While most of the TV world focuses on making bezels thinner and stands more inconspicuous, Samsung has taken the opposite approach with two of its ranges: The Serif and The Frame.
With its bulky plastic base that looks more like a window frame than a TV bezel, The Serif makes a statement in your front room and is designed to draw your gaze when it’s turned off just as much as when it’s turned on.
The Frame is, too, but in a different way. With a choice of physical picture frames to snap onto the screen, these TVs are designed to be wall mounted and indistinguishable from a work of art when you aren’t watching something.
Unconventional, enticing and unique, these TVs certainly turn heads. But with high prices for their size and spec, are they worth paying a premium for?
We’ve tested more than 200 TVs in 2019 and these are our favourites.
Have you heard of Rowan & Erwan Bouroullec? They are award-winning homeware designers whose work has been featured in galleries and museums around the world, and they designed Samsung’s Serif range.
The chunky, I-shaped frame is as a far removed from modern TVs as it gets. Manufacturers, including Samsung, see the bezel as a barrier to immersion, which is why they are striving to make them as narrow as possible, but the Serif is as much a piece of furniture as a piece of tech. It’s even more unconventional than Bang & Olufsen TVs, which have been strikingly unusual for years.
It can either be stood on long A-frame metal legs or sat on a media unit where the depth of the frame makes for a sturdy enough stand. The top portion of the frame is wide enough to sit a few vases on, although we’d recommend not putting any liquids up there; the Serif’s aren’t waterproof. Cats are fine though.
That’s enough about the frame. What about the screen? It’s a QLED display, which is what Samsung uses for all its high-end TVs. It works in much the same way as an LCD display (most TVs have these) but the backlight illuminates quantum dots rather than liquid crystals. Samsung says these dots produce more vivid colours and we have found some QLEDs to have astonishing picture quality, but not all, so while it’s a solid indicator of quality it’s certainly no guarantee.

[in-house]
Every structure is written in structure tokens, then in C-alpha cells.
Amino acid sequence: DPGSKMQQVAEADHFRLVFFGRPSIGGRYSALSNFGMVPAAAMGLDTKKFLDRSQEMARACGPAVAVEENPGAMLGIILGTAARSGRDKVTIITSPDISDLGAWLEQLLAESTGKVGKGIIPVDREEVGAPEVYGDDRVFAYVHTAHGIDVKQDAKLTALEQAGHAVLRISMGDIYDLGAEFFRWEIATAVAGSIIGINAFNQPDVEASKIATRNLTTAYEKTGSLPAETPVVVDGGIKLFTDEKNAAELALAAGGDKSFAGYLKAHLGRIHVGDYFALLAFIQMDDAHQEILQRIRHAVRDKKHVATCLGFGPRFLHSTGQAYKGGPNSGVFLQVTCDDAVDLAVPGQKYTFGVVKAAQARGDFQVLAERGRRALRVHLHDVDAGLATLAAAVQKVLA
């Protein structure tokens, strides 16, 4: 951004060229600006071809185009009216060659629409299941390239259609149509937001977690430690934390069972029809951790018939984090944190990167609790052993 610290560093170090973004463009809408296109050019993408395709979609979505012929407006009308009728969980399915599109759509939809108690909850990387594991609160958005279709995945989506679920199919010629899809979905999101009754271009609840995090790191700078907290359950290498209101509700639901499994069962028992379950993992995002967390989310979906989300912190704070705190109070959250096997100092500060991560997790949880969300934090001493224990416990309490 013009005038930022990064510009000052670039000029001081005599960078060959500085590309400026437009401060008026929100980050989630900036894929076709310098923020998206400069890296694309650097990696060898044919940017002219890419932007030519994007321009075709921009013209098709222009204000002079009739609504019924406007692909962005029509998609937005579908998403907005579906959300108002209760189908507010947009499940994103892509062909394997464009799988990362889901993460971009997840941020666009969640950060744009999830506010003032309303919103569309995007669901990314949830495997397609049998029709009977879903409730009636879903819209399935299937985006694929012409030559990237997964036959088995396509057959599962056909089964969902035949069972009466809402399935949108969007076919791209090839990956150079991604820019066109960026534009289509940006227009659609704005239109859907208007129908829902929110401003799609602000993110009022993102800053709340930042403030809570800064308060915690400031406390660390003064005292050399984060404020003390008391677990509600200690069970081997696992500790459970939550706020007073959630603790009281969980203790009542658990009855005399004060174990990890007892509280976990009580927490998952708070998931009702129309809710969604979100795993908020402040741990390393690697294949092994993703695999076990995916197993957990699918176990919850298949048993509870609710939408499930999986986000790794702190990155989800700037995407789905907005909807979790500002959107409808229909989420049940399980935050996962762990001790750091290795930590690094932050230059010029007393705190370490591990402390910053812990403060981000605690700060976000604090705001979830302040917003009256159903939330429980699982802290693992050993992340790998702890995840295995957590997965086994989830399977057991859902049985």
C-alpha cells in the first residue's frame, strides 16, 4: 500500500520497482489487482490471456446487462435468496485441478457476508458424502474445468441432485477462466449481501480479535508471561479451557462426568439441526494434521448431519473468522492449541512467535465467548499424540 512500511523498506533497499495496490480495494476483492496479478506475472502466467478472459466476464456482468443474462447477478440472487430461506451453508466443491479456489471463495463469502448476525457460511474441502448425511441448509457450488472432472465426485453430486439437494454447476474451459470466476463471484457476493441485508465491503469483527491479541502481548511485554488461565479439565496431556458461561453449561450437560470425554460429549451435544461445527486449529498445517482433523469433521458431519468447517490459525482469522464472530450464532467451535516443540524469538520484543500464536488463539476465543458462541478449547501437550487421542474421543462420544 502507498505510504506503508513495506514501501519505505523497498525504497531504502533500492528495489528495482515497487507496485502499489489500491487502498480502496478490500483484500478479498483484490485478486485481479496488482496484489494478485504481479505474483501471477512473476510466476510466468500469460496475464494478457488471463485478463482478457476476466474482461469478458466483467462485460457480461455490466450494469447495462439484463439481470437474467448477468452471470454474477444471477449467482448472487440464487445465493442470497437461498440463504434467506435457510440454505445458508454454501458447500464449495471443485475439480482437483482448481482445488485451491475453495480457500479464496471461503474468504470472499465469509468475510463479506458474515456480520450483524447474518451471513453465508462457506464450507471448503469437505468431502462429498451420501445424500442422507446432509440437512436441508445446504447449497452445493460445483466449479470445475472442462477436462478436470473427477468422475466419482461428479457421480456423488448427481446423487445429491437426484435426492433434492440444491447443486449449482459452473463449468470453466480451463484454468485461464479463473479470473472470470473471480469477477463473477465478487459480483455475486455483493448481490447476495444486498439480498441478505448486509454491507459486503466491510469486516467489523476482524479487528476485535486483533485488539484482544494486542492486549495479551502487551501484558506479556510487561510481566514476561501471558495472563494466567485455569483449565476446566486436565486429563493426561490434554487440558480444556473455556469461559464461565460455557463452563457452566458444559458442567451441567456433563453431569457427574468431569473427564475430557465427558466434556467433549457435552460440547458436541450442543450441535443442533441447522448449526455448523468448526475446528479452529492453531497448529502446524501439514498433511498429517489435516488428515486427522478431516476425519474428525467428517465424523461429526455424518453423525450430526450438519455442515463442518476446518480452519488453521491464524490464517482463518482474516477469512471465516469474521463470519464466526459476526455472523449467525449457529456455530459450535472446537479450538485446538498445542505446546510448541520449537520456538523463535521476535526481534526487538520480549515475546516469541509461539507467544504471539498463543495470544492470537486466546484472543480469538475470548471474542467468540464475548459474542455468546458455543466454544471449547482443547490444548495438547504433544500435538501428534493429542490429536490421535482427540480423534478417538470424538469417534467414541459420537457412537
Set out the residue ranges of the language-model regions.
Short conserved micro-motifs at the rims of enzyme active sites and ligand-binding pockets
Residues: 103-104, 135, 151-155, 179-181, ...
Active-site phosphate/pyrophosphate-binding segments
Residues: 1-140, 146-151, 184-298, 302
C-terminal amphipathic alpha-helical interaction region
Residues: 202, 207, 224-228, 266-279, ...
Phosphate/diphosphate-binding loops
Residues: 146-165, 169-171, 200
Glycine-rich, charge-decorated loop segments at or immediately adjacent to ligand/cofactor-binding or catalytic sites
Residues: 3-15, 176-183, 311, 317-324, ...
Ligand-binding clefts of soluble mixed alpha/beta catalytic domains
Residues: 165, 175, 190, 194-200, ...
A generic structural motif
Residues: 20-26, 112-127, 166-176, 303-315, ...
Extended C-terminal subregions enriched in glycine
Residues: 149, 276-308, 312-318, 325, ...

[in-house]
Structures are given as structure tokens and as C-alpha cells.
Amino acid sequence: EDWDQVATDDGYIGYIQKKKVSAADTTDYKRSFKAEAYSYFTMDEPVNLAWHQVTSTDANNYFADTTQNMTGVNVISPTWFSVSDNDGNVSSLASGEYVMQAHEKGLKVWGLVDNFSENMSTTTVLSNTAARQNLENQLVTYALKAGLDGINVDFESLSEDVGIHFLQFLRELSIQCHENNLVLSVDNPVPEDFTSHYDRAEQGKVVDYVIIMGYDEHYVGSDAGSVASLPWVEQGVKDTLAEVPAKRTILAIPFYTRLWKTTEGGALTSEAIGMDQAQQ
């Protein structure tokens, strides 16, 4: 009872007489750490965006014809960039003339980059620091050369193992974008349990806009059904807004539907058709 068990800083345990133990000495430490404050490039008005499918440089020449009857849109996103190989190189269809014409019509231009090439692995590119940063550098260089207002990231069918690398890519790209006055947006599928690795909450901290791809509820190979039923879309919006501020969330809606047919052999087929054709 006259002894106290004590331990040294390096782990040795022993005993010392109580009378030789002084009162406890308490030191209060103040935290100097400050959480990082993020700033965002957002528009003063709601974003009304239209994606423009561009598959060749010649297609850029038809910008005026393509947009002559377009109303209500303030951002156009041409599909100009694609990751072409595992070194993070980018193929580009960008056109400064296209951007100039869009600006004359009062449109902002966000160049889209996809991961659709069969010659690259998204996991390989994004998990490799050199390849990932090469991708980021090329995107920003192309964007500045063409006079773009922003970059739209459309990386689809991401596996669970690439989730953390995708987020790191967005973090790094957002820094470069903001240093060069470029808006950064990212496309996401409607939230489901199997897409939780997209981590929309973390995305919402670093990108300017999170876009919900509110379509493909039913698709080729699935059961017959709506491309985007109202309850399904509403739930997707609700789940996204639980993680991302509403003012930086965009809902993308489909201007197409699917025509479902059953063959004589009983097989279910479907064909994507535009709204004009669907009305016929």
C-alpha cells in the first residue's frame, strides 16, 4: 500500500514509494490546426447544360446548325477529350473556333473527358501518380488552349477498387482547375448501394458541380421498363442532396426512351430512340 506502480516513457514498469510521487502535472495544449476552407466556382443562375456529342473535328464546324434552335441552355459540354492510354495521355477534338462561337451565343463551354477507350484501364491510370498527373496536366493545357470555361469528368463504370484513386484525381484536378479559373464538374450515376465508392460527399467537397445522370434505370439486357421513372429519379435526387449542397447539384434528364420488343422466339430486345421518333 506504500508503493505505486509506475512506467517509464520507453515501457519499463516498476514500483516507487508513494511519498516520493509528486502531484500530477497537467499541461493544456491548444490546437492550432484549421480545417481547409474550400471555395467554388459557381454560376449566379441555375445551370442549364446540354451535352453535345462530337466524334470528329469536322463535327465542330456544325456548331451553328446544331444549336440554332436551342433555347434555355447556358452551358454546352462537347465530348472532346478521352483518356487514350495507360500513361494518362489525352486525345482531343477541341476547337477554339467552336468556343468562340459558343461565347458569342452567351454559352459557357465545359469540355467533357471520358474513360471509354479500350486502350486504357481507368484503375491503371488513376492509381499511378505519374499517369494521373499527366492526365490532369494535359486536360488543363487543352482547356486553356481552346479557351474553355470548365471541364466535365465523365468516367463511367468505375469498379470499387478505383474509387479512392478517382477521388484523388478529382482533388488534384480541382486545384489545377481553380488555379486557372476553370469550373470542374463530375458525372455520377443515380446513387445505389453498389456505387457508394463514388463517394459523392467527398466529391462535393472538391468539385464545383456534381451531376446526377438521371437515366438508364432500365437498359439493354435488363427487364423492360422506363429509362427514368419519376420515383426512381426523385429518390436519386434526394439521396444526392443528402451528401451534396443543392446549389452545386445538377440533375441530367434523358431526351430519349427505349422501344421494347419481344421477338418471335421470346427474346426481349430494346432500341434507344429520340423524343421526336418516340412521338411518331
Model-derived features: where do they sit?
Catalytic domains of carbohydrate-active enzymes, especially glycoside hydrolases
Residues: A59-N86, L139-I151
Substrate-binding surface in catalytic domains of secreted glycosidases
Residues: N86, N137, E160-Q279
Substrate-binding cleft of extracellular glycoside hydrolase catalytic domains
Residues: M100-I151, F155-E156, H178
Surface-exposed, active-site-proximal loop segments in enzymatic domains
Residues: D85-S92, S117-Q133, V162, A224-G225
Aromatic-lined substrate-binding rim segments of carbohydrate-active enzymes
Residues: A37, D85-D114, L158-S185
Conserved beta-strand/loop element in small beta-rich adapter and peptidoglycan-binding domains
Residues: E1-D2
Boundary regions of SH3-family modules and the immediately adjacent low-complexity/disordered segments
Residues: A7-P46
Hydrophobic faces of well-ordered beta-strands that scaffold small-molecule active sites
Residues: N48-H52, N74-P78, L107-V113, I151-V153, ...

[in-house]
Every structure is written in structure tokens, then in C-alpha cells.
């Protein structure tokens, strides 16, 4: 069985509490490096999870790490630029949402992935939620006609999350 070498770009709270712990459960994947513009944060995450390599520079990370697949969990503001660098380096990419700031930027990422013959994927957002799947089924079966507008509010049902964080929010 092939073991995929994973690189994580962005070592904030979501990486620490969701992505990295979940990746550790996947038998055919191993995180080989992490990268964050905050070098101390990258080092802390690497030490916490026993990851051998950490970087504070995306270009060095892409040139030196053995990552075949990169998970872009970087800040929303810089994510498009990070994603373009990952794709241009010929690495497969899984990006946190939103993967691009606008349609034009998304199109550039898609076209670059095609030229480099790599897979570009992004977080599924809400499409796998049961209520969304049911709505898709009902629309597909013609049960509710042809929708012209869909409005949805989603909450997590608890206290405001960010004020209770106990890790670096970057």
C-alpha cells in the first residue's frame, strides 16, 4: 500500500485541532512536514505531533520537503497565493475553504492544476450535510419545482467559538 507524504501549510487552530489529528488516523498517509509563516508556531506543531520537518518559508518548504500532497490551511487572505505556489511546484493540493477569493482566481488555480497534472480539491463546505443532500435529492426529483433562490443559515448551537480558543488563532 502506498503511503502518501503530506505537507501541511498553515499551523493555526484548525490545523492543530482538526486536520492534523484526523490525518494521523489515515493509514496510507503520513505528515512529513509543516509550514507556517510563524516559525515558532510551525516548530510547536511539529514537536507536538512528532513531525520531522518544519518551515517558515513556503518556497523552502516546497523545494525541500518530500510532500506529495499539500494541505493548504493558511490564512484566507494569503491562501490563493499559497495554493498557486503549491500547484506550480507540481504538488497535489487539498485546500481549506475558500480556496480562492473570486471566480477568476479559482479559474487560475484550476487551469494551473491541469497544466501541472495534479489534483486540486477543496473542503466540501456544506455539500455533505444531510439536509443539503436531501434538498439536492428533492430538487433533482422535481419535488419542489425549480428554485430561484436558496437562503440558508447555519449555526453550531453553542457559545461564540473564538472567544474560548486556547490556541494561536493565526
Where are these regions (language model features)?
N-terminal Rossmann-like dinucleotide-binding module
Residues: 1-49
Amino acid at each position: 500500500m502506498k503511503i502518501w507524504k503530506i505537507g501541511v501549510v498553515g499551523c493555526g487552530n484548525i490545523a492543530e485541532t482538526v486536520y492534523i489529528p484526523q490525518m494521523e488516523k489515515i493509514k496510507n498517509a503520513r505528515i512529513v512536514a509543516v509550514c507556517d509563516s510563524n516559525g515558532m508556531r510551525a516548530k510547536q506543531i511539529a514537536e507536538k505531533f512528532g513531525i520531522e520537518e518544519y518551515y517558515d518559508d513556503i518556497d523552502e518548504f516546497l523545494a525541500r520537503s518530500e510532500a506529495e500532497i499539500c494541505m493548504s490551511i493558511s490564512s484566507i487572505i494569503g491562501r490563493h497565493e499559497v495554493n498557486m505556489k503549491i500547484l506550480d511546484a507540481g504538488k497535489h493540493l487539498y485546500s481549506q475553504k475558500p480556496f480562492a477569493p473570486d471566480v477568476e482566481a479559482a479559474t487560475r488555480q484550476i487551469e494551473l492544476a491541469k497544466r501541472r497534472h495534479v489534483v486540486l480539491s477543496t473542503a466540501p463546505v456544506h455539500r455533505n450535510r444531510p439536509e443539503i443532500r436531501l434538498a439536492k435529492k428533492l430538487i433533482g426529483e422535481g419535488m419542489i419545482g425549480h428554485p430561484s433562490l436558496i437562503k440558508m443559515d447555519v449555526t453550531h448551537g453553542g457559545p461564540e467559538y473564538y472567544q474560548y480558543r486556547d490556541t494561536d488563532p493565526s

The Serif’s design is divisive: more people around the Which? office disliked it, with several saying it looked like a chalkboard or fireplace, but several people were fans and thought it would look great in a modern, minimalist home. There’s more to it than an unusual look though. Ambient Mode is an important part of the overall aesthetic, as it gives you a range of screensavers to display while you aren’t watching. Several were created specifically with the Serif in mind.
At this point you know whether you like the way the Serif looks, but you still don’t know if the picture and sound quality are good enough to justify the high price.
If someone comes to your home and asks ‘Where’s your TV?’ then The Frame has done its job. It should blend in with your decor like a chameleon in a forest and be just another painting on the wall, but with a remote and QLED display, The Frame is just as much a TV as any you can buy from LG, Panasonic and Sony.
It’s customisable, too. There are several frames available, with different colours and finishes, to be clipped around the display, so you can tailor the TV to your home. There’s plenty of art to choose from, but you need to pay £3.99 per month to access the bulk of it. The Art Pass gives you a catalogue of art to browse through from galleries, including the V&A, Saatchi and the Städel Museum.
The elephant in the room is the cable. It’s all well and good having a camouflaged TV on your wall cycling between Klimts and Rembrandts, but a collection of unsightly cables dangling down is bound to spoil the illusion. Enter the near-invisible cable. That’s what Samsung calls it, but it isn’t wrong. It’s the only cable that connects to the TV; everything else is in a separate connections box that you can tuck away out of sight. If you look closely you’ll still see the cable, but it’s significantly better than the thick, black power wire and HDMI leads that usually descend from a TV’s base.
Like The Serif, we aren’t here to judge the design features of The Frame, although we do think the idea is a great one that will appeal to people who think modern TVs are something of an eyesore. What we can judge is the quality of the TV, which is absolutely vital whether you’re buying one that looks like a work of art or not.